By Mary Walsh
The San Jose Sharks are making a splendid start to the season. Despite having their lineup tinkered with by suspension and injury, they keep winning. The only voluntary lineup change they have made from game to game is to their fourth line. There the change has been regular and radical. Matt Pelech and John McCarthy are completely different quantities, one known for fighting and toughness, the other known for tenacity and scoring. Both reputations have been developed primarily in the AHL, over the course of multiple seasons. The Sharks organization knows both players well. Did Pelech move himself up the depth chart, securely ahead of McCarthy by scoring a goal? Possibly, but if anyone believes Pelech will keep doing that they are likely to be disappointed.
Pelech was assigned to the ECHL’s SF Bulls early this season. He was then quickly reassigned to Worcester. After McCarthy’s second NHL game this season, he also spent a day as a Bull before going back to Worcester, while Pelech was recalled. Assigning Pelech and McCarthy to the Sharks’ ECHL affiliate looks like an attempt to keep them nearby for easy recall, while minimizing disruption to the start of Worcester’s season. But so far, they haven’t stayed in San Francisco. They were both reassigned to Worcester anyway.
Todd McLellan has said in the past that he likes to keep options open, use different lineups for different opponents. Is tailoring the fourth line really more important than giving the line time to gel? Five games in to the season, with the other three lines performing so well, why not pick a fourth line and stick with it for a bit?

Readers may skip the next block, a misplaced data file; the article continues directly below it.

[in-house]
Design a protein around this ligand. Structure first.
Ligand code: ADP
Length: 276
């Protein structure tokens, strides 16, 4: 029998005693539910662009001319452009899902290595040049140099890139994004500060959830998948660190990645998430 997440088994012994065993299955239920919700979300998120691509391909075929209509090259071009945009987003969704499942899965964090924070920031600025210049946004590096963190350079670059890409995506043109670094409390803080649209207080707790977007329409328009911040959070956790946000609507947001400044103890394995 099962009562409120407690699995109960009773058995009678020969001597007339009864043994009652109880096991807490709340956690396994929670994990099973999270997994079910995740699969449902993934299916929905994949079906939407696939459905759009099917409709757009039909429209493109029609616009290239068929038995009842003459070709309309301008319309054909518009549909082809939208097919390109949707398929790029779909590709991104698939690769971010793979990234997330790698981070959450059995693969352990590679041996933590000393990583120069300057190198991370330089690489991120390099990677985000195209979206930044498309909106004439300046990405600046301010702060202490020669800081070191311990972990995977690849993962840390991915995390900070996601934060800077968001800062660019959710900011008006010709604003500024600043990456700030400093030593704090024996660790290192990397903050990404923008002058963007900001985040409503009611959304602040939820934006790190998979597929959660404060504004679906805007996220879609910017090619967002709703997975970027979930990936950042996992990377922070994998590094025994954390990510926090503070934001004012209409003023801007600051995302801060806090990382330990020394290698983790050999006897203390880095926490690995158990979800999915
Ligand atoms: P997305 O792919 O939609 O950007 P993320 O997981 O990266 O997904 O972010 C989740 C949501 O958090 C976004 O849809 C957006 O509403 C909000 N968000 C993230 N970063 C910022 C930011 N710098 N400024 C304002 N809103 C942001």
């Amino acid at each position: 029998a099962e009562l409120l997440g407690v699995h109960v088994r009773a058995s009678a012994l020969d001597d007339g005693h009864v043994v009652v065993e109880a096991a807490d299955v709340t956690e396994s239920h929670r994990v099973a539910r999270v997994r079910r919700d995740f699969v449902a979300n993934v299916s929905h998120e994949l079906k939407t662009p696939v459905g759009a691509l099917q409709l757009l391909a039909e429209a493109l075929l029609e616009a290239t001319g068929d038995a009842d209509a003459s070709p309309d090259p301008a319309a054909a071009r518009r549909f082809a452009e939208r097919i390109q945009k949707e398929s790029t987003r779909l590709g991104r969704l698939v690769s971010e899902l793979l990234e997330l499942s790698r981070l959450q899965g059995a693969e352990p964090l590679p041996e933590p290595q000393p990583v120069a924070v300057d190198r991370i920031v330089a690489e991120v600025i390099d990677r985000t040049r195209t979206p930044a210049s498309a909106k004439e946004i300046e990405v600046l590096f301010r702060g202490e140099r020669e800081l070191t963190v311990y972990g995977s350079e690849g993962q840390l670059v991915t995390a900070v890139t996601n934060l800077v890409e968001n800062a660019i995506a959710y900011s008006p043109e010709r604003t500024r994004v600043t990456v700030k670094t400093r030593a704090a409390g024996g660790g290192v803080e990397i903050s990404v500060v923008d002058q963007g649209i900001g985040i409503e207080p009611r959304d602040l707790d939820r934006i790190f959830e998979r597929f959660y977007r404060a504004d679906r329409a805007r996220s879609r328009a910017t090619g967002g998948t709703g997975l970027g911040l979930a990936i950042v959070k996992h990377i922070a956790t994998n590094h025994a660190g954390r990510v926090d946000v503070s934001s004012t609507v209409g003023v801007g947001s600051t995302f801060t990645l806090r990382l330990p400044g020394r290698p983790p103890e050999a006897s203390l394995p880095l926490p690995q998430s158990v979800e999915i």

Did McLellan want Pelech for the game in Vancouver, to give the Canucks pause if they were considering paying special attention to Tomas Hertl? While Pelech’s presence didn’t stop anyone from hitting Hertl, he did score a goal. That is always a good thing to do. Pelech’s goal was timely for him in that respect. There might be more to him than meets the eye.
In today’s NHL, the presence of one known enforcer in your lineup won’t do much to keep anyone from taking a run at someone. It only makes sense that the team should want a fourth line that manages the puck well, executes plays, shoots with some conviction, and basically looks a lot like a third line. So which player, Pelech or McCarthy, fits that role best? They aren’t unknown quantities to the coaching staff. The argument that the season is still young and the coaches need to get to know the players does not apply here.
Perhaps the old adage “if it ain’t broke, don’t fix it” does apply. An unfixed lineup could be what McLellan wants. After all, the team is winning.